Tag Archives: selling

Tragedies continue to unfold in Sindh – Thirty-seven more Sindhi Hindus leave Pakistan for India over security concerns

by South East Asia News.Net

Thirty-seven Hindus, comprising five families and residents of Thul town in Jacobabad district, have permanently left Pakistan for India due to security concerns.

Despite tall claims of the ruling Pakistan People’s Party (PPP) leadership, murders of Hindus, kidnappings for ransom and forced conversions are being carried out unabated across the Sindh province, Pakistan Today reports.

Like many other Hindus of the province who have migrated to other countries, these families have left the country after selling their properties and wrapping up their businesses. …..

Read more → South East Asia News

Mercenaries for the Middle East – Dr Mohammad Taqi

The Saudis know that it is nearly impossible for any political uprising there to physically coalesce, due to the population centres being geographically far apart, to cause direct threat to Riyadh.

Foreign policy is everywhere and always a continuation of domestic policy, for it is conducted by the same ruling class and pursues the same historic goals”. — The Revolution Betrayed, Leon Trotsky

In his 1983 masterpiece, Can Pakistan survive? The death of a state, Tariq Ali opens the section on Pakistan’s foreign policy during the Z A Bhutto days with the above quote from Trotsky. After duly recognising the limitations of generalising this aphorism, Tariq Ali had noted that many third-world capitals pursue a foreign policy closely mirroring their domestic economic and political policies but perhaps none has done so more grotesquely than Islamabad. Tariq Ali had written:

One of the commodities exported was labour, and the remittances sent back by migrant workers provided nearly 20 percent of the country’s foreign exchange earnings. It was also reported that 10,000 Pakistani prostitutes had been dispatched to the Gulf states by the United Bank Limited (UBL), to strengthen its reserves of foreign currency. Soldiers and officers were also leased out as mercenaries to a number of states in that region. In some ways it was telling indictment of the Pakistani state that it can only survive by selling itself to the oil-rich sheikhs.”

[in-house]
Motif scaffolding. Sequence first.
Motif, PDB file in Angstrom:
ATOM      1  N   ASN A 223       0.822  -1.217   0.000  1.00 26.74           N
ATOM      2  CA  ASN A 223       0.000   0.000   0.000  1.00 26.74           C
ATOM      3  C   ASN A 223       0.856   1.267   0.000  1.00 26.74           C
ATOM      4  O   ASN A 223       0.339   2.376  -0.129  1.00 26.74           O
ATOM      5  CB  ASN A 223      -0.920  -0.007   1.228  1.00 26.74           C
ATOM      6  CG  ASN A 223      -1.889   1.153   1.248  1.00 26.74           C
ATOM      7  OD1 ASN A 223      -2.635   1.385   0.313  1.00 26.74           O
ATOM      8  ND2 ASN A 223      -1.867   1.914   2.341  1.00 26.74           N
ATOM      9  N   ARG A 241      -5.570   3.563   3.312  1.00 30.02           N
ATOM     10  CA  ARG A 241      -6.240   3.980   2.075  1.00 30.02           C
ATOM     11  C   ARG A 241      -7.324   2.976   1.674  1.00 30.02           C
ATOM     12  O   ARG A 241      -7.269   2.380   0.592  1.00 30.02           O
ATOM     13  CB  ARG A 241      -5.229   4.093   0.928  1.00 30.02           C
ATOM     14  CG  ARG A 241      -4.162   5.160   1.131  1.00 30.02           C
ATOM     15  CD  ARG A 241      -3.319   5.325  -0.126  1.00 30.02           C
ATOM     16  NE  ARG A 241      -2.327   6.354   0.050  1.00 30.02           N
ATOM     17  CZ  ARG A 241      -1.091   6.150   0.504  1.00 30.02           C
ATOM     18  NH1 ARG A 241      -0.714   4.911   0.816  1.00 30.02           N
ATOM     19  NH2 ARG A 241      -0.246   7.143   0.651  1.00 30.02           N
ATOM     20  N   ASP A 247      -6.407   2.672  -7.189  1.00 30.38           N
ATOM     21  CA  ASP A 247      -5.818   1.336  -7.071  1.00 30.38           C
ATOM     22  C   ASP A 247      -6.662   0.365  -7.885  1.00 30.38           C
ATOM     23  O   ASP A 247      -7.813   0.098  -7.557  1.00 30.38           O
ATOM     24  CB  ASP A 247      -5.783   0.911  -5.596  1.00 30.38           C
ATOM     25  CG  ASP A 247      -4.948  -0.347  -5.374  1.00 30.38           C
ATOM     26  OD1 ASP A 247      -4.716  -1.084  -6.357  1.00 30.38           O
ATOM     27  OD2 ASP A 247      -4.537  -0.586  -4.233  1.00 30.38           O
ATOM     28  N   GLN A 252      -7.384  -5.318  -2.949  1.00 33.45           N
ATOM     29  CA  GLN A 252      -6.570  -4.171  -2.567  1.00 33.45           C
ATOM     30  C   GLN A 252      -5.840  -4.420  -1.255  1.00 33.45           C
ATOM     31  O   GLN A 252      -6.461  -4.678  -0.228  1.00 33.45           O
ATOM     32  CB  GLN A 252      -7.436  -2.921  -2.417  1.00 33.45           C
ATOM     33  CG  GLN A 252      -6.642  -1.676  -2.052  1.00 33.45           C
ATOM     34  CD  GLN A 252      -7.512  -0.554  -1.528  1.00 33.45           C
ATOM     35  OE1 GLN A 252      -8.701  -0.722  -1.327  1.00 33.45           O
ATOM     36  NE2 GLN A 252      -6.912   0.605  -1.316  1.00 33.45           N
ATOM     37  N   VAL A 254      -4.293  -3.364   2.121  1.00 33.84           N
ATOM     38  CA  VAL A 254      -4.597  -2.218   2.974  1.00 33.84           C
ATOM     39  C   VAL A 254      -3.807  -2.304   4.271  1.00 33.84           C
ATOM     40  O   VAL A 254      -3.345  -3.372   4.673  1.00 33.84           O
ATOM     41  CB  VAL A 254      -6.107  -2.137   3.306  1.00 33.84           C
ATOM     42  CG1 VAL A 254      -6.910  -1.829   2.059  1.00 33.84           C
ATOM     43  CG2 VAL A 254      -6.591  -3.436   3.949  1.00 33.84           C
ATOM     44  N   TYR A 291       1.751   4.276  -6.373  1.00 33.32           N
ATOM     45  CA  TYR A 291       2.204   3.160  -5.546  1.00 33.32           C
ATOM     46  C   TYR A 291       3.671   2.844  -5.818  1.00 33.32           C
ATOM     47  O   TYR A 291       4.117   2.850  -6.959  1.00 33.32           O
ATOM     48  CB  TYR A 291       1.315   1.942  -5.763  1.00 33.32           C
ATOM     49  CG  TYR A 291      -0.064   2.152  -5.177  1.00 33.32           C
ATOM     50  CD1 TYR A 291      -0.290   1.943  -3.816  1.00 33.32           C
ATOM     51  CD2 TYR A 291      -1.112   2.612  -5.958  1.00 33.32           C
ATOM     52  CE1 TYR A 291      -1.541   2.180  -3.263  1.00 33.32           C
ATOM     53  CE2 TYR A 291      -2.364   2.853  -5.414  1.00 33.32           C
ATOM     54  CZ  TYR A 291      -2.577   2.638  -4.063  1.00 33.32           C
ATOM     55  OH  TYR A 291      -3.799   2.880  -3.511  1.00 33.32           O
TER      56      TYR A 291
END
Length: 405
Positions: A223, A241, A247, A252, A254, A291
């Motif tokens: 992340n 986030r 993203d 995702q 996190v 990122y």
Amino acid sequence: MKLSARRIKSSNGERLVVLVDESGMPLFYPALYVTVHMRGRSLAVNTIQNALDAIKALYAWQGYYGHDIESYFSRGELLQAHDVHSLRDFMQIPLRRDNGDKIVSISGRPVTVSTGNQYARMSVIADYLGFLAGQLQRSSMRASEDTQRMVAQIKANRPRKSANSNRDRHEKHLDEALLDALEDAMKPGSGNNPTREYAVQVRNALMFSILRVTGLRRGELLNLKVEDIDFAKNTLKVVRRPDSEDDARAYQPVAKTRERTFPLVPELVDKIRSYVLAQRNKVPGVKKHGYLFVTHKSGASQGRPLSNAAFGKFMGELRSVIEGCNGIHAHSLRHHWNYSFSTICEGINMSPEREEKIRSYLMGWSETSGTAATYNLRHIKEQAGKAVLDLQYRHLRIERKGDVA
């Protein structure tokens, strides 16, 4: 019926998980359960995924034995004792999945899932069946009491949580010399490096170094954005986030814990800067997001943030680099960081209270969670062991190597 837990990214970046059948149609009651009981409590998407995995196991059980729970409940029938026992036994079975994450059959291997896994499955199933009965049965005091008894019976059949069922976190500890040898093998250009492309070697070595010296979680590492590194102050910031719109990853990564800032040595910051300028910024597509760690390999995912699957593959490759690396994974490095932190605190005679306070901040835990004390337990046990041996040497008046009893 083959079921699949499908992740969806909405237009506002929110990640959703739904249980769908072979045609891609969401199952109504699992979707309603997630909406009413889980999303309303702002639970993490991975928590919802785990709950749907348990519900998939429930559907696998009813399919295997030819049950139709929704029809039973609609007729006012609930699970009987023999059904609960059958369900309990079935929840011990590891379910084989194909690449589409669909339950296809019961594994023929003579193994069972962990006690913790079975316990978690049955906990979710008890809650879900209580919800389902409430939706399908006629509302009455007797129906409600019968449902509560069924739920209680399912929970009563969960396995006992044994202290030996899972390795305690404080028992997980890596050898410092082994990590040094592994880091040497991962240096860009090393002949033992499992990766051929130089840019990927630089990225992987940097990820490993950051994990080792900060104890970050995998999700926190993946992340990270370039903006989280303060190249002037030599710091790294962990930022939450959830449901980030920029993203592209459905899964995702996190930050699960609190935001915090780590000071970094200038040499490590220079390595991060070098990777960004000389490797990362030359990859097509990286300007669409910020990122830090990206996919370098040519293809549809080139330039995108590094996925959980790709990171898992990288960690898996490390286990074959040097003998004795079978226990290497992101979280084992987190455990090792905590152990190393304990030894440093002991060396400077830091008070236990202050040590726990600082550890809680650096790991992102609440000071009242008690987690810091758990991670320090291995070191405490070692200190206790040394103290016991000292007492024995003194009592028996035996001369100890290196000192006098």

The Pakistani military establishment’s cooperation with Arab dictators obviously dates back to the Ayub Khan era and the UK and US-sponsored Central Treaty Organisation (CENTO) or Baghdad Pact of 1955. However, the surge in the export of mercenaries that Tariq Ali was alluding to was not because of the western sponsorship of such legions but because Pakistan, in 1971, had declared a moratorium on repayment of its foreign debt and had to look for financial aid elsewhere while the IMF would again agree to a loan (which it eventually did). While one cannot confirm the veracity of the claim about the UBL’s venture, the events of the last several months show that somehow the grotesque mediocrity of the Pakistani establishment keeps repeating its antics, as far as the export of the mercenaries goes.

The Arab spring has created unique geopolitical scenarios where old alliances are falling apart — or at least are no longer trustworthy — while new realities are taking shape much to the discontent of regional autocrats. I have repeatedly stated that Barack Obama’s instinct is to side with the democratic movements in the Middle East and North Africa, without intervening directly, even though cliques within his administration have been able to drag him into the Libyan morass. Obama’s handling of Hosni Mubarak’s fall did not go well with Saudi king Abdullah and the bitter exchange between the two, during a phone conversation, is rather well known. The wily Saudi monarch subsequently concluded that if there were to be an uprising in his courtyard, the Americans would not come to his rescue. And unless a smoking gun can be traced to Tehran, Abdullah is right. With Obama getting re-elected — yes I said it — in 2012, the Saudis have chosen to exercise other options that they have heavily invested in, for decades, to protect their courtyard and backyard.

The Saudis know that it is nearly impossible for any political uprising there to physically coalesce, due to the population centres being geographically far apart, to cause direct threat to Riyadh. But they also know that the democratic contagion can spread at the periphery of the Kingdom, with the oil-rich Eastern province slipping out of control quickly or the disquiet at the Yemeni border keeping Riyadh distracted (the latter was tested by both Gamal Nasser and Iran). The Saudi plan, just as in the 1969 bombing of Yemen by Pakistani pilots flying Saudi planes, is to use the trusted Pakistani troops to bolster the defence of not only the Saudi regime but of its client states like Bahrain.